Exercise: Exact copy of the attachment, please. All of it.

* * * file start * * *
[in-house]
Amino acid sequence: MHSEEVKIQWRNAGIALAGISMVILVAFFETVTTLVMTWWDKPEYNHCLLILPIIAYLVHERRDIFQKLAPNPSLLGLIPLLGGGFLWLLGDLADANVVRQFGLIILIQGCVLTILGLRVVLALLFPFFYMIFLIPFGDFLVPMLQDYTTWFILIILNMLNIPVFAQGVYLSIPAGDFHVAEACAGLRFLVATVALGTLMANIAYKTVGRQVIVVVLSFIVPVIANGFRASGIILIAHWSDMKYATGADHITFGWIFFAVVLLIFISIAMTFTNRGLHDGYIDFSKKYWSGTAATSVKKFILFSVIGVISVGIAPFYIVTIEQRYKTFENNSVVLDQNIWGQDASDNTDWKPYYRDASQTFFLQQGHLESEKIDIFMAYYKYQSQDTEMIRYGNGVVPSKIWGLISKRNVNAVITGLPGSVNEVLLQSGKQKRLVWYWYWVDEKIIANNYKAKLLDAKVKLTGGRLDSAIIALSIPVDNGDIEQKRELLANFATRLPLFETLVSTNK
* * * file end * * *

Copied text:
[in-house]
Amino acid sequence: MHSEEVKIQWRNAGIALAGISMVILVAFFETVTTLVMTWWDKPEYNHCLLILPIIAYLVHERRDIFQKLAPNPSLLGLIPLLGGGFLWLLGDLADANVVRQFGLIILIQGCVLTILGLRVVLALLFPFFYMIFLIPFGDFLVPMLQDYTTWFILIILNMLNIPVFAQGVYLSIPAGDFHVAEACAGLRFLVATVALGTLMANIAYKTVGRQVIVVVLSFIVPVIANGFRASGIILIAHWSDMKYATGADHITFGWIFFAVVLLIFISIAMTFTNRGLHDGYIDFSKKYWSGTAATSVKKFILFSVIGVISVGIAPFYIVTIEQRYKTFENNSVVLDQNIWGQDASDNTDWKPYYRDASQTFFLQQGHLESEKIDIFMAYYKYQSQDTEMIRYGNGVVPSKIWGLISKRNVNAVITGLPGSVNEVLLQSGKQKRLVWYWYWVDEKIIANNYKAKLLDAKVKLTGGRLDSAIIALSIPVDNGDIEQKRELLANFATRLPLFETLVSTNK